2-Pane Combined
Full Summaries Sorted

Is Free Tuition Working?

A challenge for states and community colleges, free tuition is a complicated but necessary progression of education in America. With many programs already in place, we ask,

Is Free Tuition Working?
























By Carol Patton

Last fall, Southwest Tennessee Community College in Memphis began par- ticipating in the Tennessee Promise, a last dollar scholarship—a need-based award for students whose expected family contribution and financial aid package total less than the cost to attend college—and mentoring program for local students attending public community colleges in the state.

The college attracted 927 Tennessee Promise students, representing nearly 10 percent of the school’s 9,135 enrollment that semester, according to Jacqueline Faulkner, the school’s vice president of student affairs.

“We also had an increase in our freshman cohorts that we largely attribute to the additional assistance from the Tennessee Promise,” she said, noting that 37.9 percent of full-time freshmen were Tennessee Promise students.

So far, 13 states have introduced legislation for students attending community colleges. While many are applauding states for developing programs designed to improve student access to community colleges, all eyes are on Tennessee and Oregon to assess program outcomes and challenges. Reactions are mixed. While enrollment figures are rising, some believe such programs can’t be sustained or that the focus should shift from helping students to institutions.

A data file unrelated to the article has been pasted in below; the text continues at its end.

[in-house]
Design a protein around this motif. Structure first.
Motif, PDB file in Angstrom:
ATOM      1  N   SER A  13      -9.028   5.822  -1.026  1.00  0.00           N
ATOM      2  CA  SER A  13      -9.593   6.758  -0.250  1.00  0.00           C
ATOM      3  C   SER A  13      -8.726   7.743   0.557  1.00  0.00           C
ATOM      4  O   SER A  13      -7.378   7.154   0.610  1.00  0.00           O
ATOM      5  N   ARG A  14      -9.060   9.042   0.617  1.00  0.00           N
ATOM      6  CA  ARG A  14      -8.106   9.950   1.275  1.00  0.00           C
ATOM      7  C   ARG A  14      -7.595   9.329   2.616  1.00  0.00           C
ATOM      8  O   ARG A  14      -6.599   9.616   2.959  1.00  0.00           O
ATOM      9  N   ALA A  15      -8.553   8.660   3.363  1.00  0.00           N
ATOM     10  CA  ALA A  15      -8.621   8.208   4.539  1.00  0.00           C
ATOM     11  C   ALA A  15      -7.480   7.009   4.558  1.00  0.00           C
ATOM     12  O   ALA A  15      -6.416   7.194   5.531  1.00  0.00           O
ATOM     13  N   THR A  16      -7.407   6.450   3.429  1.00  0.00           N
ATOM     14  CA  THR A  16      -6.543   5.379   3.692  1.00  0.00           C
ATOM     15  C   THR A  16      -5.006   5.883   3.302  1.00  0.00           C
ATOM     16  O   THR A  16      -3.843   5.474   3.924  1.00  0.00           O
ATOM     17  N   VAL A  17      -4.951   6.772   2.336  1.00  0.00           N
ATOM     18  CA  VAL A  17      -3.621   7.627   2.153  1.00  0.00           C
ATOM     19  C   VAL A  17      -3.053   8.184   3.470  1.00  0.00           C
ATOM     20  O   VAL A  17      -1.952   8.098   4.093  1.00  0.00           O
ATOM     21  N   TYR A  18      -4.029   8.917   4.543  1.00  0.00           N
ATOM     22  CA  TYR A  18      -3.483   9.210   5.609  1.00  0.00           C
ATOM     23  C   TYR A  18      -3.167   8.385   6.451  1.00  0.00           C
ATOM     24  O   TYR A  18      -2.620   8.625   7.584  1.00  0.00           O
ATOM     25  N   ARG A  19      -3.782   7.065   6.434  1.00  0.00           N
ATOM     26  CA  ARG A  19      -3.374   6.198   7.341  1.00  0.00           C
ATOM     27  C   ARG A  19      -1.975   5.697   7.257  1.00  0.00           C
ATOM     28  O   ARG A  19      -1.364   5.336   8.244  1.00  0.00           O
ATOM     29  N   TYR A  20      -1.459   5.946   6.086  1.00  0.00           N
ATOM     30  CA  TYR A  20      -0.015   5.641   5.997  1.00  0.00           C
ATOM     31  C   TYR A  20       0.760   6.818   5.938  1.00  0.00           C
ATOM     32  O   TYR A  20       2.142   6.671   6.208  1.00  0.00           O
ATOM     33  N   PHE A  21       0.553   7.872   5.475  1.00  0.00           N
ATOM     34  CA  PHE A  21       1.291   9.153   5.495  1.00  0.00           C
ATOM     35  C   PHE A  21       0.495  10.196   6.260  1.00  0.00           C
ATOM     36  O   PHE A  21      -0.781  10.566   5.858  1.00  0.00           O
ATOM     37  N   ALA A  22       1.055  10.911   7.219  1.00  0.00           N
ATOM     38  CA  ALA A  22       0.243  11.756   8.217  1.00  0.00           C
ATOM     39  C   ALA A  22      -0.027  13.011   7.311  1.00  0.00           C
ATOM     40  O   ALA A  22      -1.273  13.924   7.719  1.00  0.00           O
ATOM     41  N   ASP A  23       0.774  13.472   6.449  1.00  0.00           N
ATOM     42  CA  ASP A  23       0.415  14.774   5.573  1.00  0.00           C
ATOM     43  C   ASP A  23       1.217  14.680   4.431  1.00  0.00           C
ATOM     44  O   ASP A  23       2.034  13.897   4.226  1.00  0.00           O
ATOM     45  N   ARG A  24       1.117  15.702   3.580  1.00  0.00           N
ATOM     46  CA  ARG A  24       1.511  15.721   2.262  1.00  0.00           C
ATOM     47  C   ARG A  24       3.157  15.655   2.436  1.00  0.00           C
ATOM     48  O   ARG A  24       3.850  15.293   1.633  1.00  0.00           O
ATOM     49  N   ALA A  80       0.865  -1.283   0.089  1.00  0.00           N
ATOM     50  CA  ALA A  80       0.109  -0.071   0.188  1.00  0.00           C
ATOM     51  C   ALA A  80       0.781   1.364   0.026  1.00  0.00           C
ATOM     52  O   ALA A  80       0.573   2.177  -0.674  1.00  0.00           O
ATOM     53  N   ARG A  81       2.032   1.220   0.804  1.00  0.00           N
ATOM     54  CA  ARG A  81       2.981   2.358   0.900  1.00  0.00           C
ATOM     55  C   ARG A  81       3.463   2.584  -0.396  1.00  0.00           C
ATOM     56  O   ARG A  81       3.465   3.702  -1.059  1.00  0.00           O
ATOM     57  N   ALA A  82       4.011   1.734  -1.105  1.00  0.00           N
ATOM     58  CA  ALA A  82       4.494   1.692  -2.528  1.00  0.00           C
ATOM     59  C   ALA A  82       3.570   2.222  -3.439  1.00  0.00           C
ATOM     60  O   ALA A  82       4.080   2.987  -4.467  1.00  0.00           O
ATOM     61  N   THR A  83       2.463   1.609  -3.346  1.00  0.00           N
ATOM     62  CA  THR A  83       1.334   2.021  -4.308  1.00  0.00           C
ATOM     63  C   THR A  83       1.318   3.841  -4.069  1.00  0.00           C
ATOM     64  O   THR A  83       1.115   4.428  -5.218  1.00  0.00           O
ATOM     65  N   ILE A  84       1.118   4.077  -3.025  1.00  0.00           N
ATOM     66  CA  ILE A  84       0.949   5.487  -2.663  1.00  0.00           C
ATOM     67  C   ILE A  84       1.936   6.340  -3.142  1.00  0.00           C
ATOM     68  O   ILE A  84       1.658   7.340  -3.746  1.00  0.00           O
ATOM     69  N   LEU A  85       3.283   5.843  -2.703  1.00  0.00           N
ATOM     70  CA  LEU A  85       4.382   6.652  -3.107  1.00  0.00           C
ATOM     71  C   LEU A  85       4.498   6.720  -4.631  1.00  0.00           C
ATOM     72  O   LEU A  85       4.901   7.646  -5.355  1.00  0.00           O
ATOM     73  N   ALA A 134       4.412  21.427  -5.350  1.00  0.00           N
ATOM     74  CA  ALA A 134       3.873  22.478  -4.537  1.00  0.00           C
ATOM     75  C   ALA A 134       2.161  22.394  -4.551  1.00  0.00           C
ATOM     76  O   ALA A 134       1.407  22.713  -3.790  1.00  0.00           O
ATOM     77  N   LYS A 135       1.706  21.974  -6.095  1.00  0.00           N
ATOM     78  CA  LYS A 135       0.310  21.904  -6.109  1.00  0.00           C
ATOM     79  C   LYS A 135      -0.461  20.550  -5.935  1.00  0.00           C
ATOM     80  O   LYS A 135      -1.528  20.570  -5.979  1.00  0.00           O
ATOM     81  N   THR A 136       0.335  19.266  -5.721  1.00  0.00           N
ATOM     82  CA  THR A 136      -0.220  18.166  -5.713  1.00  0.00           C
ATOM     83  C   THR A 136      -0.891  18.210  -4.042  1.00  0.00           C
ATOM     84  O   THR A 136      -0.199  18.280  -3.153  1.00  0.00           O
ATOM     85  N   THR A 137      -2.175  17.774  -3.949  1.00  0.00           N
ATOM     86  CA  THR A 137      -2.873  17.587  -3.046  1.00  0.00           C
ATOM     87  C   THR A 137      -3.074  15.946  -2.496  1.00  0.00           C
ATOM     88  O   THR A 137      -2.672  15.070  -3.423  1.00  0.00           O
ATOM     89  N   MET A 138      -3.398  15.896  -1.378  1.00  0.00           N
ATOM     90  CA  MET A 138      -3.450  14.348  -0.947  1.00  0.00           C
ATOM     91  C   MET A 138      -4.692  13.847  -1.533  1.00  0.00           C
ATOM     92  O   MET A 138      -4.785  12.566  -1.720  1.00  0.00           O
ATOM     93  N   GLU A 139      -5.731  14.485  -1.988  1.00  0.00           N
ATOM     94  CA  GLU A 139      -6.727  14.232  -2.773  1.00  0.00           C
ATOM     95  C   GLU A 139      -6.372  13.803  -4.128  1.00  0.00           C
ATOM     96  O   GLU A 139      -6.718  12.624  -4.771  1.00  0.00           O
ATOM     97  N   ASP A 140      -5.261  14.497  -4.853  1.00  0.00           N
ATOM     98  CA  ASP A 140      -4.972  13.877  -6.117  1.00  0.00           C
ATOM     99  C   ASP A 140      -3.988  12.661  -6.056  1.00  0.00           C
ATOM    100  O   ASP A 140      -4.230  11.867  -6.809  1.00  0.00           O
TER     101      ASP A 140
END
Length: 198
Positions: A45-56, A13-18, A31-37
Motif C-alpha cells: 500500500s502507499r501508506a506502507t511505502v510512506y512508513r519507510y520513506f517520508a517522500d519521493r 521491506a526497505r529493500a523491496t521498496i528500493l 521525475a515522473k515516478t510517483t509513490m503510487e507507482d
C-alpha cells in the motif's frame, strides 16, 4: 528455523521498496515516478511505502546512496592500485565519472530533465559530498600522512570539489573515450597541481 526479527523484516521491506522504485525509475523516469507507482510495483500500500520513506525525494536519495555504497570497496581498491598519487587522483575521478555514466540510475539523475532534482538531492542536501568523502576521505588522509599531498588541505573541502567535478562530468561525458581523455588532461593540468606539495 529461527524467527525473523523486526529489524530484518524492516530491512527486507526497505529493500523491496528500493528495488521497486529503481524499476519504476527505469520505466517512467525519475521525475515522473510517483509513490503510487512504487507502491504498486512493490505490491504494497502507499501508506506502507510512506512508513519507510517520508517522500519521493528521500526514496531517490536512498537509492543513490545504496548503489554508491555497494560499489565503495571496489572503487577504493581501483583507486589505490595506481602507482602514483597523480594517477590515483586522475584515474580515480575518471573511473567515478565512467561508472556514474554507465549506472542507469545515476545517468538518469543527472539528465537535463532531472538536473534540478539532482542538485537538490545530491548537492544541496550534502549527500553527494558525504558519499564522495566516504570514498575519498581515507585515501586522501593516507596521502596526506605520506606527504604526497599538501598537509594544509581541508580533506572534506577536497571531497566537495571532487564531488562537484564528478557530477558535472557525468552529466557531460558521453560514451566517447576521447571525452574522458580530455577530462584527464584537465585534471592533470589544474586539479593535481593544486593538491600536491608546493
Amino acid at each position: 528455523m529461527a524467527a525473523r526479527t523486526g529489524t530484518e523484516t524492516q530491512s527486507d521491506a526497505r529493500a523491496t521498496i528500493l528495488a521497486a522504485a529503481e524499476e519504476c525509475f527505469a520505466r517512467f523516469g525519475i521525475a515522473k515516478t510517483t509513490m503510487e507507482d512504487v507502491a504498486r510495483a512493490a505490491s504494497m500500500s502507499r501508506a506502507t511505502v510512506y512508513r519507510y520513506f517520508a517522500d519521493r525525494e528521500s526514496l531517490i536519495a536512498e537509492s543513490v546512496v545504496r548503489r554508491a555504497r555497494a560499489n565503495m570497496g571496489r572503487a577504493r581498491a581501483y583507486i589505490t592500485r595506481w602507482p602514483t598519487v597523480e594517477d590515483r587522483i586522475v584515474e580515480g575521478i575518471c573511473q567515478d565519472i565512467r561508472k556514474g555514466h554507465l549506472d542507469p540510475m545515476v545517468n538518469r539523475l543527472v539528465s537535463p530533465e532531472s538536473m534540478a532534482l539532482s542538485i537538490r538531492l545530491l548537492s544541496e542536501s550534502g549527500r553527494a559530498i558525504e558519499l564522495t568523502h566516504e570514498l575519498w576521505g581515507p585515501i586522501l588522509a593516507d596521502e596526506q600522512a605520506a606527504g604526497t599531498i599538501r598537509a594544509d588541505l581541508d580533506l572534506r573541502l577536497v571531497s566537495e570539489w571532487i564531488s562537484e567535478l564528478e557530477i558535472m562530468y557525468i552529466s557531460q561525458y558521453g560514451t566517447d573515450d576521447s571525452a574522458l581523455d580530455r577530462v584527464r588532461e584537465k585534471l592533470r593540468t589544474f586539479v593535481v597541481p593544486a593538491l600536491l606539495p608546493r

Faulkner says the structured program helps her college provide students with wrap-around services—including mentoring from college staff or community volunteers. Nearly 80 percent of Tennessee Promise students who enrolled in the fall returned in the spring.

But nothing is perfect.

“I would certainly want to work in deeper tandem with high school counselors and community partners to ensure that all of the (program) information is filtered out to students,” said Faulkner. “I would like to see communication flowing where we encourage all students to take advantage of this great opportunity.”

Signing up for the program is mandatory at Millington Central High School in western Tennessee. Every high school senior automatically applies for the Tennessee Promise, said Georgette Farmer, a college and career counselor at the school.

“I promote it as a free scholarship, free money, and a great backup plan,” Farmer said, adding that students can apply to a technical school or four-year college. “I recommend they get two years of college out of the way for free rather than rack up debt.”

Of the 200 students who signed up during the 2014–15 academic